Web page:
Recalls, while a necessity for safety, mean lost time and money for both the automaker and the customer. And the good news is that there were fewer this past year.
According to a WardsAuto analysis of data from the federal government, automakers issued 130 recall campaigns in 2011 (not including the few issued this week), affecting about 13 million light vehicles and reversing a two-year trend of record vehicle-recall levels.
That total for 2011 is also well below the 2010 total of 136 campaigns and 17.2 million vehicles, as well as the 2009 total of 105 campaigns and 18.4 million vehicles.
Toyota issued the most recalls again in 2011
In 2011, Toyota was for the third year in a row the automaker with the most recalled vehicles—more than 3.5 million in all, covered by 13 different campaigns. However, it’s worth noting that its totals were a fraction of the total for 2010, when the automaker issued the bulk of its accelerator-related recalls, covering 11.5 million vehicles in all.
Ford remained second after Toyota, with ten recall campaigns, covering 3.2 million cars and trucks overall (about 2.7 million of them covering older F-150 trucks). Honda was a close third, with eleven campaigns covering about two million cars—with a single transmission-related recall covering about 1.5 million of those vehicles.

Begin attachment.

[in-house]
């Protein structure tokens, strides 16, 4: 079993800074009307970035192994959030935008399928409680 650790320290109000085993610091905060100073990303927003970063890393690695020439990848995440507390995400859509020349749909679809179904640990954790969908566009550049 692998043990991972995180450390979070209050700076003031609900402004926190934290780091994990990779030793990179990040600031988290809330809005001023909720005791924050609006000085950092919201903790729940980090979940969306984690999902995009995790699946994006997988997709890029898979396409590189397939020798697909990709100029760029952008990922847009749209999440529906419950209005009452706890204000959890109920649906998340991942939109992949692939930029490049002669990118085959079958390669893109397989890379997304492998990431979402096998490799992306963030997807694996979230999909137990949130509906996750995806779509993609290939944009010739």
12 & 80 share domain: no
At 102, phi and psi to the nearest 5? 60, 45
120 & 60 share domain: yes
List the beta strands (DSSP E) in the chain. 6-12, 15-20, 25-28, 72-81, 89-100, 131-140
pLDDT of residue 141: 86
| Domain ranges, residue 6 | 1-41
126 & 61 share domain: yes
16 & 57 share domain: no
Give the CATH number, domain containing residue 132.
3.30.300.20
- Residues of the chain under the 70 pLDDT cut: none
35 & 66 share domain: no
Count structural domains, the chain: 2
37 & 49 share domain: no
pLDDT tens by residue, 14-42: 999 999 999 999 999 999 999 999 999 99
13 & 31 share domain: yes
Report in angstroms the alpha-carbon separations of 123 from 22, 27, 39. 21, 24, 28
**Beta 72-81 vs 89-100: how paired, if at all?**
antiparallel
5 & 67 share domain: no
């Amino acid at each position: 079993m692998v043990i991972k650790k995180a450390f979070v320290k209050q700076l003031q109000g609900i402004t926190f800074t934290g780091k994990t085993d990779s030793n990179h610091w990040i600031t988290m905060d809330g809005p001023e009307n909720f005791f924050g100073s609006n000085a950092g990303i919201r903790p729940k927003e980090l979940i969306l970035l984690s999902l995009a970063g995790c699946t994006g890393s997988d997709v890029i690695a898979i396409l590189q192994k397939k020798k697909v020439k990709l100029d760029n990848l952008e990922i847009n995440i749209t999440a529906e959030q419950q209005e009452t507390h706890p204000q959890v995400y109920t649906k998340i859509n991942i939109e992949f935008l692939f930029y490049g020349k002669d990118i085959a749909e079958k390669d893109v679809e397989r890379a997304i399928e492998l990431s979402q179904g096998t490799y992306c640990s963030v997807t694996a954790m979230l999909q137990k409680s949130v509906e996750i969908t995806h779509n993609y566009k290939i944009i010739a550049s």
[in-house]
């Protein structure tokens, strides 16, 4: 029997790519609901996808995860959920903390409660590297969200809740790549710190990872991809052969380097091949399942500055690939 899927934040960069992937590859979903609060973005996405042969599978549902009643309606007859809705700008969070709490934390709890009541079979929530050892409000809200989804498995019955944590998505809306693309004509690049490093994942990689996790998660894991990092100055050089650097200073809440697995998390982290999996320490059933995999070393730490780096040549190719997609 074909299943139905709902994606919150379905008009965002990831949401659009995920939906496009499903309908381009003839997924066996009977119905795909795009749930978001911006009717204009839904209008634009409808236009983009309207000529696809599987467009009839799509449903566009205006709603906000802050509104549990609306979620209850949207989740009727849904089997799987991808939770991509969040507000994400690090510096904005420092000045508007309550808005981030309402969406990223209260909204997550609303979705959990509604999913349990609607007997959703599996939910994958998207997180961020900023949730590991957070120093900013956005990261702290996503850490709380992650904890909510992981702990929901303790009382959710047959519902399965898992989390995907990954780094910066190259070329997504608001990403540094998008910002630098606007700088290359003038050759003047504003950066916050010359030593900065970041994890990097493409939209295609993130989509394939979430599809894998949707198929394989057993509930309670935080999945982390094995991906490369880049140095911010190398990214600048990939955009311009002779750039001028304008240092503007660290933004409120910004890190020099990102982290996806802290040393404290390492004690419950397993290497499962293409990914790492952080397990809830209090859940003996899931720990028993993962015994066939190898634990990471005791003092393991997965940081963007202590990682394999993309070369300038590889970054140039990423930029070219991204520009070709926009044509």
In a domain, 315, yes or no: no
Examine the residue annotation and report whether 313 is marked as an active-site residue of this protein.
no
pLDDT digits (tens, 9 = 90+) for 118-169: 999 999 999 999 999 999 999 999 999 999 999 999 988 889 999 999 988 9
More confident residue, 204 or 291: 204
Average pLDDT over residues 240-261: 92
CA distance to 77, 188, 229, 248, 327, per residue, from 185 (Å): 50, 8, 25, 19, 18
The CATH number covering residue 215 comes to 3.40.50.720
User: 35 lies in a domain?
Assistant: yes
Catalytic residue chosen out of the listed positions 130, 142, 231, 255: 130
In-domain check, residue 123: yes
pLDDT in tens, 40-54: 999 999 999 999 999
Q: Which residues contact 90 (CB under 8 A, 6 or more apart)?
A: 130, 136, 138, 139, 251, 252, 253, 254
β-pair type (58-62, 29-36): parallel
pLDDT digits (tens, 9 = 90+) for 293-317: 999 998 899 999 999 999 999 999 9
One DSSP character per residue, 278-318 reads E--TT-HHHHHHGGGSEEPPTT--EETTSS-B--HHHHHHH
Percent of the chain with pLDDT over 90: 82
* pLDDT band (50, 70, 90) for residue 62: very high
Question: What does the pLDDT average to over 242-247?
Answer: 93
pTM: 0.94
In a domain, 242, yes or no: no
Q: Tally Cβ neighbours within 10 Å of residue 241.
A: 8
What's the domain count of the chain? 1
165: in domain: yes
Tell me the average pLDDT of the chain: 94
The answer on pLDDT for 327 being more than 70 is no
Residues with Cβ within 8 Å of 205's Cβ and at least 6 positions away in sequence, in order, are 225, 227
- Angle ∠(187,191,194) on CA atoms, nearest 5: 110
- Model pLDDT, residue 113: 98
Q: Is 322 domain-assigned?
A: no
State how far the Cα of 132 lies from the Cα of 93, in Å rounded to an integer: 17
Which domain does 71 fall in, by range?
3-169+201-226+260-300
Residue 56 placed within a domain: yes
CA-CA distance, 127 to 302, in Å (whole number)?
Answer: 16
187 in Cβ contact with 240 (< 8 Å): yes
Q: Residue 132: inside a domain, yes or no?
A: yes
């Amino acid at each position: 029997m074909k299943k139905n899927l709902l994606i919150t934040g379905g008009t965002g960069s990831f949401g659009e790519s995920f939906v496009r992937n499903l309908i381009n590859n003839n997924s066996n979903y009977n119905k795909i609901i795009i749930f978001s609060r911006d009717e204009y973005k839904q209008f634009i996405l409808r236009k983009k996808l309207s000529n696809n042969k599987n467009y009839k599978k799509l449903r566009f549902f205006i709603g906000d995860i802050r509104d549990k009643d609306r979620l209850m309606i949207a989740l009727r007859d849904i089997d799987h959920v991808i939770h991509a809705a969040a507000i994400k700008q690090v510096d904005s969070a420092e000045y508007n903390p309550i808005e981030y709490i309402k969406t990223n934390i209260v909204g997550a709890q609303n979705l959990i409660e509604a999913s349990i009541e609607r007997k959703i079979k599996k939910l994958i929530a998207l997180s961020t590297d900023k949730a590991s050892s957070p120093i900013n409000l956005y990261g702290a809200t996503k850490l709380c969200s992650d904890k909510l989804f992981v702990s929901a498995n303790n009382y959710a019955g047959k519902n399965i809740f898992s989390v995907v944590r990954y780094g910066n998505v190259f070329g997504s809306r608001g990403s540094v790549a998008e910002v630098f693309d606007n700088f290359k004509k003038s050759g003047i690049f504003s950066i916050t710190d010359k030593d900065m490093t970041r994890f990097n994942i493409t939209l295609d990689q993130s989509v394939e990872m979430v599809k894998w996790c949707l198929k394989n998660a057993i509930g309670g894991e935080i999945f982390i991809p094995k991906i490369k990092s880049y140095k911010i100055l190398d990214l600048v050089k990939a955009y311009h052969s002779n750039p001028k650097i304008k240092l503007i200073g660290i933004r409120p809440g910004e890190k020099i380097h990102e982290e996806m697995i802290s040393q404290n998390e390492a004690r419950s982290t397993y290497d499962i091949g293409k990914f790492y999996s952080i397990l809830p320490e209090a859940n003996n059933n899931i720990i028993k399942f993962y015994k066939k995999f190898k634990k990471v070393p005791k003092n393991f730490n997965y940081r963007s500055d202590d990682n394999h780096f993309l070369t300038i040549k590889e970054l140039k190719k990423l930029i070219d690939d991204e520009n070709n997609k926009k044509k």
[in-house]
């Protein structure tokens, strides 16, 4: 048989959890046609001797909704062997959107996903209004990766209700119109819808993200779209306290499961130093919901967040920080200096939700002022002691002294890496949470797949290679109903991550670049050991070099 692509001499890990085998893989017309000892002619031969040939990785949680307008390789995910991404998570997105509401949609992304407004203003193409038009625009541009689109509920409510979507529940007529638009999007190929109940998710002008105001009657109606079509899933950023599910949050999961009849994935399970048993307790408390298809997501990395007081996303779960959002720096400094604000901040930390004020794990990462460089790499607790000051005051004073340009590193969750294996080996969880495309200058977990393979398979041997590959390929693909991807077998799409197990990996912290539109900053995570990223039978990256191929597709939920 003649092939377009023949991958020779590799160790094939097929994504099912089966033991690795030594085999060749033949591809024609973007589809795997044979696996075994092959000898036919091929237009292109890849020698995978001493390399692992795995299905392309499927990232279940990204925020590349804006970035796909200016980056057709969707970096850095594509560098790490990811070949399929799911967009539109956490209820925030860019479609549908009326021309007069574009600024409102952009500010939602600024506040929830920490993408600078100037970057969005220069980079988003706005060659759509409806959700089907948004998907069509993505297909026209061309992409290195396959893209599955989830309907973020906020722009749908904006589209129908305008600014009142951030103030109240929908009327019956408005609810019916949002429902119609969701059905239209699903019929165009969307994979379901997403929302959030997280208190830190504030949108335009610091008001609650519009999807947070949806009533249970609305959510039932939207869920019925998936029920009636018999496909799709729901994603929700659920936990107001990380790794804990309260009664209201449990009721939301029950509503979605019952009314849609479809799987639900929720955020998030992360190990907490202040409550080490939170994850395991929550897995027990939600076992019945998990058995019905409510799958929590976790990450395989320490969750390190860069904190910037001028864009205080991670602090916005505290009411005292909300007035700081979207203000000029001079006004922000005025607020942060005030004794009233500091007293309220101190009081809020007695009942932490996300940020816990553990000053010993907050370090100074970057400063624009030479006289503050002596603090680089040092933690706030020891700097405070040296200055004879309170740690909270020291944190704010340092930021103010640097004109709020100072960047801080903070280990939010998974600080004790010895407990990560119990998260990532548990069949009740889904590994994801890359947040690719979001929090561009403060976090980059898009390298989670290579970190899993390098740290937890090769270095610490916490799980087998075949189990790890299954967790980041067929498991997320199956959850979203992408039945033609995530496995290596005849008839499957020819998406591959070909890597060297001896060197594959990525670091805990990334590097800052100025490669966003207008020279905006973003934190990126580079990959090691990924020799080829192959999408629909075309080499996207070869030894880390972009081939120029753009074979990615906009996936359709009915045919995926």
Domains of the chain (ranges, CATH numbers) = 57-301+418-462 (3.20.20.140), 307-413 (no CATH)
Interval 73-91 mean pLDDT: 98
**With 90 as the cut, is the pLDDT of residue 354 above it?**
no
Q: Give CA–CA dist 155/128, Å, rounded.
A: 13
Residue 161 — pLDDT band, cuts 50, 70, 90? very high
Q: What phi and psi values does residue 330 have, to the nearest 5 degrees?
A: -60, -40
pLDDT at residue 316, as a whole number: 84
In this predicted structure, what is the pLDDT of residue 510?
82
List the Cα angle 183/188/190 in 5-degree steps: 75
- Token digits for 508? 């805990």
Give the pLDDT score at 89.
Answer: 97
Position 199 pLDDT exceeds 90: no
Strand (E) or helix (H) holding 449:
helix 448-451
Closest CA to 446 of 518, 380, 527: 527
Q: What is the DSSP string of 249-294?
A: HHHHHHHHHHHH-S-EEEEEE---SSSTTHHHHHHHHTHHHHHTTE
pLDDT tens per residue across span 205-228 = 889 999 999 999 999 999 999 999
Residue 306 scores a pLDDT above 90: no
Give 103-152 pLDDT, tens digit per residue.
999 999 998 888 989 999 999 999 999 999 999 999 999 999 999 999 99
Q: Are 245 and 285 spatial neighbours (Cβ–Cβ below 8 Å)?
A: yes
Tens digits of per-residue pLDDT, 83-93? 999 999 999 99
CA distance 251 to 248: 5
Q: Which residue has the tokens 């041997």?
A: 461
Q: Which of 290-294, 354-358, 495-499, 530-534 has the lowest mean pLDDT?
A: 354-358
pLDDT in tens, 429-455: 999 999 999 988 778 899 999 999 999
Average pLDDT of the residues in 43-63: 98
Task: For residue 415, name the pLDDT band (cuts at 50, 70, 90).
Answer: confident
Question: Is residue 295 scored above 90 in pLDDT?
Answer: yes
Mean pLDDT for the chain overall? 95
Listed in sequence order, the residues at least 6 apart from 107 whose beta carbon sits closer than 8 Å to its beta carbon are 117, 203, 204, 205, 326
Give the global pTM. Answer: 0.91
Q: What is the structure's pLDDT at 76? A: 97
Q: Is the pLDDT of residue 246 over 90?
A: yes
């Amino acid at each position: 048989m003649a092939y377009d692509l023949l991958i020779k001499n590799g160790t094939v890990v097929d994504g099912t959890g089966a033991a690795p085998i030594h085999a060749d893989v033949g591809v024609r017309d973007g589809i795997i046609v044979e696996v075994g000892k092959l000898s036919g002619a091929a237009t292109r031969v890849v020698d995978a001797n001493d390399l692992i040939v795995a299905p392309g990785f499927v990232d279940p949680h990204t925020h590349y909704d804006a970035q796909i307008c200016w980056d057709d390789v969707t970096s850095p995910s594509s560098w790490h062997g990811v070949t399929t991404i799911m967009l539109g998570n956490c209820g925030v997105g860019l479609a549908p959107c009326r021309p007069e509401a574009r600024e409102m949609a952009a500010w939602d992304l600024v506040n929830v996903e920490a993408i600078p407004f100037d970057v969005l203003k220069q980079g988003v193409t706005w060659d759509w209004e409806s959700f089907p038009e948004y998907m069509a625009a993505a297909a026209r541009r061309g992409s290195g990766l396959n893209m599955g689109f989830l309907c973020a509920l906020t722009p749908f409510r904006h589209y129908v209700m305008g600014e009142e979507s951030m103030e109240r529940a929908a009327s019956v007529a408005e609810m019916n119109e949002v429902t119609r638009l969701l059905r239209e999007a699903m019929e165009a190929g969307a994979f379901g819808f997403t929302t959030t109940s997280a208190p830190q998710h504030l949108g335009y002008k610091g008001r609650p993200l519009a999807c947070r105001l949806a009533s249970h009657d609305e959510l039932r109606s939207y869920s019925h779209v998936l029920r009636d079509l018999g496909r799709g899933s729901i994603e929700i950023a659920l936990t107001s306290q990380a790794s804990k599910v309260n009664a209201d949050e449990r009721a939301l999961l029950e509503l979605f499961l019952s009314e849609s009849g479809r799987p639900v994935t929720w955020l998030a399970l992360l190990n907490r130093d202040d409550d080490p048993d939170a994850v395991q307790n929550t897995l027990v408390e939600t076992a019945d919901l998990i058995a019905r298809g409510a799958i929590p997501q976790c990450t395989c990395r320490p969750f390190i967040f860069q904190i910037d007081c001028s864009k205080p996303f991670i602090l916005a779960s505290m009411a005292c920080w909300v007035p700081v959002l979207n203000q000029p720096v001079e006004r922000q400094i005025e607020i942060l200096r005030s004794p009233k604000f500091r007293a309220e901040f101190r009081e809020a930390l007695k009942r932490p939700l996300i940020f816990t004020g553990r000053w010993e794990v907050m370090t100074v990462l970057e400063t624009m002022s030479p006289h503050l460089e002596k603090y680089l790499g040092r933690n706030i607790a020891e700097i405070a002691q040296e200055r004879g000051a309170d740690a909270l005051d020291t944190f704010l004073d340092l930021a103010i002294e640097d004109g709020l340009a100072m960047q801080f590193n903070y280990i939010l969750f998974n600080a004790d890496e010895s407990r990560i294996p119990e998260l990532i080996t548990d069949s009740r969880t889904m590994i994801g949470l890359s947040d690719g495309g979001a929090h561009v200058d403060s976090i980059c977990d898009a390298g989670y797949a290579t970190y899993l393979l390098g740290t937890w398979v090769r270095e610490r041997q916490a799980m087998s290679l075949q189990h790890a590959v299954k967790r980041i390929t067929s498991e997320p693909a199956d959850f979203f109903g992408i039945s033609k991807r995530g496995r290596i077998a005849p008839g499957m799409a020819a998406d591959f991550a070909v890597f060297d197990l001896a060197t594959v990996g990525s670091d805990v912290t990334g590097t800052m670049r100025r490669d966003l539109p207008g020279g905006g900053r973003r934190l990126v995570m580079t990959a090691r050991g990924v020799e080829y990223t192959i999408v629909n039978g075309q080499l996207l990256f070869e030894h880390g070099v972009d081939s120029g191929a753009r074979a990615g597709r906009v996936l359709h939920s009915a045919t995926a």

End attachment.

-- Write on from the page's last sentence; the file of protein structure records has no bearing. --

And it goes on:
As we reported last summer, 30 percent of recalled vehicles aren’t fixed within 18 months after a recall, and dealerships will still be performing some of these recalls for many years.
WardsAuto points out that even though the totals for the last couple of years have been high for recalls, they’re well below the levels of 2000—the same year that the Ford/Firestone tire-recall issue broke.
Visit the federal government’s vehicle recalls page to see if your vehicle is affected by an issue, and click over to page two to see some of this year’s most interesting recalls.